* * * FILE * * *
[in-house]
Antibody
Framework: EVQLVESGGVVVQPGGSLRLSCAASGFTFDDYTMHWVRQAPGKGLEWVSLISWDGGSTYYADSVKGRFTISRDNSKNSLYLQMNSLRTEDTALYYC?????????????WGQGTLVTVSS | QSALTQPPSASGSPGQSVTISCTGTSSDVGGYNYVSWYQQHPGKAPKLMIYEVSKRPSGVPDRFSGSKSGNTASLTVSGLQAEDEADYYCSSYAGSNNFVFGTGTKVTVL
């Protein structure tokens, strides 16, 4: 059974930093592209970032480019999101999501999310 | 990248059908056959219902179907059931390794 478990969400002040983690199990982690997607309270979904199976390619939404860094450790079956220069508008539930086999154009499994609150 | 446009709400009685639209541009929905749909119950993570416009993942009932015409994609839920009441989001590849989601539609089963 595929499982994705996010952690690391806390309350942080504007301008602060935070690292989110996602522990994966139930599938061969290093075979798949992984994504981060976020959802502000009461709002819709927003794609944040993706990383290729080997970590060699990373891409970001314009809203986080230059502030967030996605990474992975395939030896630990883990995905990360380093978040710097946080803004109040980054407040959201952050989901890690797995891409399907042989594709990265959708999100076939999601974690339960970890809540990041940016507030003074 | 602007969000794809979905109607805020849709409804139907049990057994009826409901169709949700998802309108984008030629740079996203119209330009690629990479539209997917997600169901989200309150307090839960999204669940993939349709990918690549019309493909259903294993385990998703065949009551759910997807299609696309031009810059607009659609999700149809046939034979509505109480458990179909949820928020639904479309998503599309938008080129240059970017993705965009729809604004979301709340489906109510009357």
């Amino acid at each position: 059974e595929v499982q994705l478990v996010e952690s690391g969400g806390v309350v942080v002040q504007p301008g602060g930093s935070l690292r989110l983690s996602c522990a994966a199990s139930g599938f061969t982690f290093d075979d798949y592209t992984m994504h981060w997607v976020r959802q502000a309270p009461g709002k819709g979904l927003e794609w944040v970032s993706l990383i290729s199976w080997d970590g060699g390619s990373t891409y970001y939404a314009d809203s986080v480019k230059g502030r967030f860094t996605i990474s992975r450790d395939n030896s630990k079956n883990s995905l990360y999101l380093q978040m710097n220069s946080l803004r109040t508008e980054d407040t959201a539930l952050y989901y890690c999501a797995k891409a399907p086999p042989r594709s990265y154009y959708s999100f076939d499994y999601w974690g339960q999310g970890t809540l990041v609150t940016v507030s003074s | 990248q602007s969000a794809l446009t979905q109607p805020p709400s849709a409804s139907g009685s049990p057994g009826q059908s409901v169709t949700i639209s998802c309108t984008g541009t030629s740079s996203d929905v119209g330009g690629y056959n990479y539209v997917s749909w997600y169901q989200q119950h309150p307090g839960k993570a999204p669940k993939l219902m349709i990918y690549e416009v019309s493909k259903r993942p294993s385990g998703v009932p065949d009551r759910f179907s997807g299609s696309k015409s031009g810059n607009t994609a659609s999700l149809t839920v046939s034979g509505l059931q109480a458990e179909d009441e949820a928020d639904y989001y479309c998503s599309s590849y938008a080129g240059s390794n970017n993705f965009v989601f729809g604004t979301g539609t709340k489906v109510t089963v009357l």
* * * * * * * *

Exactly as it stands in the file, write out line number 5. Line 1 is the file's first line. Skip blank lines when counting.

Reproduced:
């Amino acid at each position: 059974e595929v499982q994705l478990v996010e952690s690391g969400g806390v309350v942080v002040q504007p301008g602060g930093s935070l690292r989110l983690s996602c522990a994966a199990s139930g599938f061969t982690f290093d075979d798949y592209t992984m994504h981060w997607v976020r959802q502000a309270p009461g709002k819709g979904l927003e794609w944040v970032s993706l990383i290729s199976w080997d970590g060699g390619s990373t891409y970001y939404a314009d809203s986080v480019k230059g502030r967030f860094t996605i990474s992975r450790d395939n030896s630990k079956n883990s995905l990360y999101l380093q978040m710097n220069s946080l803004r109040t508008e980054d407040t959201a539930l952050y989901y890690c999501a797995k891409a399907p086999p042989r594709s990265y154009y959708s999100f076939d499994y999601w974690g339960q999310g970890t809540l990041v609150t940016v507030s003074s | 990248q602007s969000a794809l446009t979905q109607p805020p709400s849709a409804s139907g009685s049990p057994g009826q059908s409901v169709t949700i639209s998802c309108t984008g541009t030629s740079s996203d929905v119209g330009g690629y056959n990479y539209v997917s749909w997600y169901q989200q119950h309150p307090g839960k993570a999204p669940k993939l219902m349709i990918y690549e416009v019309s493909k259903r993942p294993s385990g998703v009932p065949d009551r759910f179907s997807g299609s696309k015409s031009g810059n607009t994609a659609s999700l149809t839920v046939s034979g509505l059931q109480a458990e179909d009441e949820a928020d639904y989001y479309c998503s599309s590849y938008a080129g240059s390794n970017n993705f965009v989601f729809g604004t979301g539609t709340k489906v109510t089963v009357l």